How far can the resonances of art history, shared cultural knowledge, and language echo in the age of Artificial Intelligence (AI) and machine learning? Can such rapidly developing technologies play a meaningful part in the broader art historical schema? These are some of the questions that AI (Art Index), the new book from Vienna-based Australian artist James Tunks, broaches in its dialogue of historical texts, images, and their machine-generated counterparts.
Exploring the format of an art history textbook, the project uses the language of artworks as its starting point, combining original works from museum collections with images created by cutting up and fragmenting various written resources from museum collections – artwork descriptions, keywords, and exhibition texts – before feeding them into machine learning text-to-image generators. The results prove provocative and perplexing, teetering between improbable likeness and alien flourish.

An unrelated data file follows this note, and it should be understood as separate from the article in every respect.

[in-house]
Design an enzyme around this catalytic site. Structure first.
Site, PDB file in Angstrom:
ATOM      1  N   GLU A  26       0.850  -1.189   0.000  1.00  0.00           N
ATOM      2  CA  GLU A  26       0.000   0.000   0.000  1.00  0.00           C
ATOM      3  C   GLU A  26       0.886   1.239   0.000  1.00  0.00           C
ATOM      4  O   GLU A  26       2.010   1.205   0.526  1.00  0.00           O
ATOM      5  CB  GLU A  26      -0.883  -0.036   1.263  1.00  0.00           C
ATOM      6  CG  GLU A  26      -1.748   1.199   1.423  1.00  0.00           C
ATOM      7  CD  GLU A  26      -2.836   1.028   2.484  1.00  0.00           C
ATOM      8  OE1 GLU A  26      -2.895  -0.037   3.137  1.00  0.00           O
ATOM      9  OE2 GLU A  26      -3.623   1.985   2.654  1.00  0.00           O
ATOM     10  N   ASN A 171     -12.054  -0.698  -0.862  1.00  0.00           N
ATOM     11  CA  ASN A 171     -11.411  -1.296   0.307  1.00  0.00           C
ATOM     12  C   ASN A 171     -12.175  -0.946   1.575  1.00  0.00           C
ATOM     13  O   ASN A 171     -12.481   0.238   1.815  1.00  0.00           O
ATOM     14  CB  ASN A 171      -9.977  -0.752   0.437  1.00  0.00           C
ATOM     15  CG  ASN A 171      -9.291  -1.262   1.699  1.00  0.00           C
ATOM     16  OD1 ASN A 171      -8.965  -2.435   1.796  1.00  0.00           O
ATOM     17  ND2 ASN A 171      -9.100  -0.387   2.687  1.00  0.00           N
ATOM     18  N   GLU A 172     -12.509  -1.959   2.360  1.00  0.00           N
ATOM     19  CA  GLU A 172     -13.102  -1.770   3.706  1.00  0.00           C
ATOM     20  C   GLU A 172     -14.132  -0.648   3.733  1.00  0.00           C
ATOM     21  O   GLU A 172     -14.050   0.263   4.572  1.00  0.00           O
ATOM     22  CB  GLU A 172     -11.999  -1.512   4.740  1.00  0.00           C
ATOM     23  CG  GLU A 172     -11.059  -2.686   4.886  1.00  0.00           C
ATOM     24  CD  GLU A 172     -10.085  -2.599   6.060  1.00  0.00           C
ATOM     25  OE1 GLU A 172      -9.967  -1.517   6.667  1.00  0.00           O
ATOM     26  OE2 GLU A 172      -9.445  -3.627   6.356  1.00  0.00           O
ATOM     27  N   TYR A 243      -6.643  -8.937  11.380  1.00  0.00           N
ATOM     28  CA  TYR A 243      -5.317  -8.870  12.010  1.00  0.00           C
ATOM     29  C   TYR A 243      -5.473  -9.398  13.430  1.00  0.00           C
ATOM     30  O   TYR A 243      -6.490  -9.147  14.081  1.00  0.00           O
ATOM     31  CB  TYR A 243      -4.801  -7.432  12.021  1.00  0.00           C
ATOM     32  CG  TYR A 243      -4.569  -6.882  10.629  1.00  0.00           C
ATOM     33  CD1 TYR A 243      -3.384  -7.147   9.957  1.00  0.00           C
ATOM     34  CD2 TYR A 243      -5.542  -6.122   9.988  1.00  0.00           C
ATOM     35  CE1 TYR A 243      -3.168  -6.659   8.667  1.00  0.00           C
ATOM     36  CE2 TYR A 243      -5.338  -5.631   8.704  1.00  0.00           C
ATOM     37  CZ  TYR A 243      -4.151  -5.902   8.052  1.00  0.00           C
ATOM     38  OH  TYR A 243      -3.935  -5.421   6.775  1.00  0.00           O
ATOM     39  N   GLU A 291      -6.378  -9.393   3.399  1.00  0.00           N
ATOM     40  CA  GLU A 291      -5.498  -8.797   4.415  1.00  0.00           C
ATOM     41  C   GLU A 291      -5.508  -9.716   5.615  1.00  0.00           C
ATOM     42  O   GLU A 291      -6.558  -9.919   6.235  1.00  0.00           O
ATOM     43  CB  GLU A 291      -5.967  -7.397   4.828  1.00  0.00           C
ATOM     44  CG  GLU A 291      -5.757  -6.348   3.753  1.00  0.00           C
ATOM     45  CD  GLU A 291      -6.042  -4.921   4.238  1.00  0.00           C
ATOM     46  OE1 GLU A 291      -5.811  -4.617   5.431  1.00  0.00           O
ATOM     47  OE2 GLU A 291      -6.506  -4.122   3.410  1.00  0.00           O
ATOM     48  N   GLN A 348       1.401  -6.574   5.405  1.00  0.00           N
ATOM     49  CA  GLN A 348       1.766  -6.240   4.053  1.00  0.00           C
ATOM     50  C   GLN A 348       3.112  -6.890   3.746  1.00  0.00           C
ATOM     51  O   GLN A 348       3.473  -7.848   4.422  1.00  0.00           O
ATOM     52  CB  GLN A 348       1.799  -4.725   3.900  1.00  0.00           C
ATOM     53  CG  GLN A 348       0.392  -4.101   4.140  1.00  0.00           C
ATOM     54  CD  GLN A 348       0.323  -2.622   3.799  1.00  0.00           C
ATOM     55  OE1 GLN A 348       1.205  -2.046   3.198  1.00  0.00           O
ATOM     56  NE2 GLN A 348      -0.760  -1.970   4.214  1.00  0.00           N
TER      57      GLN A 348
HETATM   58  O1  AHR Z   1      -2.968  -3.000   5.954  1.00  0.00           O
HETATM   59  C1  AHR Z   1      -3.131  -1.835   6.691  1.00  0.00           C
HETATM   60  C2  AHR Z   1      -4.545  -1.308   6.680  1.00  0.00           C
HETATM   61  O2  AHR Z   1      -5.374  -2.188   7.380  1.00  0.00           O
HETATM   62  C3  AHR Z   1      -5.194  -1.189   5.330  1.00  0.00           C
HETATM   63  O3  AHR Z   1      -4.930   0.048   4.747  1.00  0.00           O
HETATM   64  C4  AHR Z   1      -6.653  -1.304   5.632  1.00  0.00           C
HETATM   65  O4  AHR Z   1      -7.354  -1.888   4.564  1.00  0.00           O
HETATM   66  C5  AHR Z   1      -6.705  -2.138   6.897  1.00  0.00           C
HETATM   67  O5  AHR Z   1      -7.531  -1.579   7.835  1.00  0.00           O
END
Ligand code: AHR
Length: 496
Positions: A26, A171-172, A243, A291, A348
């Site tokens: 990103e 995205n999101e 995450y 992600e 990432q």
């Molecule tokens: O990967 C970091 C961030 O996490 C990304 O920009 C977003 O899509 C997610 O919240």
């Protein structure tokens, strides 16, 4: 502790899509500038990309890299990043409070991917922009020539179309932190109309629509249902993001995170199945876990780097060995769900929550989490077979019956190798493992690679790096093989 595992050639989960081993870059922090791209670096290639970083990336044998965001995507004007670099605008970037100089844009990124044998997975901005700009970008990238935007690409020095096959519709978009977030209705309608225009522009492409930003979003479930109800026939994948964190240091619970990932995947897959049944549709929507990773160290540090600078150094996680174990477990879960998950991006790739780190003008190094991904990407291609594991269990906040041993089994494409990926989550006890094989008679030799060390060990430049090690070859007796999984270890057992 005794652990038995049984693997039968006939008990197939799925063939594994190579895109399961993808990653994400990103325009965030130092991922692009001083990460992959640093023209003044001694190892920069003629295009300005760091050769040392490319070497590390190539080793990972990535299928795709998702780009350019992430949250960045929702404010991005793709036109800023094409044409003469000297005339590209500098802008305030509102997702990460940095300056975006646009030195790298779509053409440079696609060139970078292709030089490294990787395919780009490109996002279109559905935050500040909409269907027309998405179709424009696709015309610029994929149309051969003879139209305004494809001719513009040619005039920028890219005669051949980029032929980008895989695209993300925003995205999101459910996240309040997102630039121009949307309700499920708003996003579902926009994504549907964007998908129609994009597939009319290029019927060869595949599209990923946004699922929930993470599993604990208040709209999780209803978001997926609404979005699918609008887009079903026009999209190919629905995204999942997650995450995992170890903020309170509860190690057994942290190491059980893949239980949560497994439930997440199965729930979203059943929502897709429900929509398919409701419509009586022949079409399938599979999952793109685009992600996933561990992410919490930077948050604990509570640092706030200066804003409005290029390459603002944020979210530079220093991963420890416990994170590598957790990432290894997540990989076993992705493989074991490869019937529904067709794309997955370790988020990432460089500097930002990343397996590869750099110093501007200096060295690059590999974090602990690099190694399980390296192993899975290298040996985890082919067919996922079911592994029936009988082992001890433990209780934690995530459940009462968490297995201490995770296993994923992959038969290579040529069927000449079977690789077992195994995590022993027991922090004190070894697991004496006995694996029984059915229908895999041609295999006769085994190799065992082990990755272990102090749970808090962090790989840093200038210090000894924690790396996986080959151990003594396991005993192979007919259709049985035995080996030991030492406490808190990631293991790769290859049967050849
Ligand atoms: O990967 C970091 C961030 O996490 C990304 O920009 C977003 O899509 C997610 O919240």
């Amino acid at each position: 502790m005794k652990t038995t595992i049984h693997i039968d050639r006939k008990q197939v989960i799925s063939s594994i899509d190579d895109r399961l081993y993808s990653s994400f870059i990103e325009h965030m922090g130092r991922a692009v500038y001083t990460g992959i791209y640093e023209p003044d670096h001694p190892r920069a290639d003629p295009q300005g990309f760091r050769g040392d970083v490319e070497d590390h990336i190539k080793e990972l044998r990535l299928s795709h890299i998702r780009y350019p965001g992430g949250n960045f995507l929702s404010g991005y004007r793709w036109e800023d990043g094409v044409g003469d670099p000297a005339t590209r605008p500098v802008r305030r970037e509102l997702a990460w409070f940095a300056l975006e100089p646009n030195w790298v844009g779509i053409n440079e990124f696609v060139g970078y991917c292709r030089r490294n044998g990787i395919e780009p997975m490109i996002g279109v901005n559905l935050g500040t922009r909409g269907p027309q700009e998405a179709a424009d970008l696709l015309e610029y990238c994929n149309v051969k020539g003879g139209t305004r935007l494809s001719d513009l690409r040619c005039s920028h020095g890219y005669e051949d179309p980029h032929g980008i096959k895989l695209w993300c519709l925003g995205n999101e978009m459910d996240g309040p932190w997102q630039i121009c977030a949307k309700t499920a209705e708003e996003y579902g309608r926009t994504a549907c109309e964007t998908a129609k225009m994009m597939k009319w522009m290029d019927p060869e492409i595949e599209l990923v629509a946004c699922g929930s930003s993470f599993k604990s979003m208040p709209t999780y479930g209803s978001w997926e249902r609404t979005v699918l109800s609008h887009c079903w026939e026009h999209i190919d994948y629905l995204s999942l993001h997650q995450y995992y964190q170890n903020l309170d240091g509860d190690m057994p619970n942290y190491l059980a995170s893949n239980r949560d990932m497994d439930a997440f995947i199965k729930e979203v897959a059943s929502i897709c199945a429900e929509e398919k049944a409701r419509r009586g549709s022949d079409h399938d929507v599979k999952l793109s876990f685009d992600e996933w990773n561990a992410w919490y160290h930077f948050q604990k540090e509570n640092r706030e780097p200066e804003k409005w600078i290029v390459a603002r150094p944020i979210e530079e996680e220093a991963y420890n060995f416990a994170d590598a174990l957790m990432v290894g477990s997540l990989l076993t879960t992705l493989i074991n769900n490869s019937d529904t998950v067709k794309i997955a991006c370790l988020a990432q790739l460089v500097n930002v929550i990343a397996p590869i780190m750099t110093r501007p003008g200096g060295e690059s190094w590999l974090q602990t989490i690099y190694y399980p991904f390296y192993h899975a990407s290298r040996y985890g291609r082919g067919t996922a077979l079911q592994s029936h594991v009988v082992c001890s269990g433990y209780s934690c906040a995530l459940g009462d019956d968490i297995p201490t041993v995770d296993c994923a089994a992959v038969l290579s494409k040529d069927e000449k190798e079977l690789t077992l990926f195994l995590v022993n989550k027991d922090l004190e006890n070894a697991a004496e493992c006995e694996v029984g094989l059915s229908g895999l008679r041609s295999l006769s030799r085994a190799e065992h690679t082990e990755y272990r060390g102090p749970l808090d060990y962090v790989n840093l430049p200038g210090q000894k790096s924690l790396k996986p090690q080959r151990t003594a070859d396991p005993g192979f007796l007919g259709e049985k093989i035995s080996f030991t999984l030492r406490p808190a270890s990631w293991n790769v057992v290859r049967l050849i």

The application of techniques such as machine learning and AI image-making tools not only raises the question of whether machines can truly think, but also whether they have the capacity to interpret and visualise abstract ideas and concepts synonymous with the history of art. In this re-reading of some of art’s canonical signposts and footnotes, AI (Art Index) helps open a new line of communication.
120 pages, 20 x 13 cm, perfect bind, softcover, Perimeter Editions (Melbourne).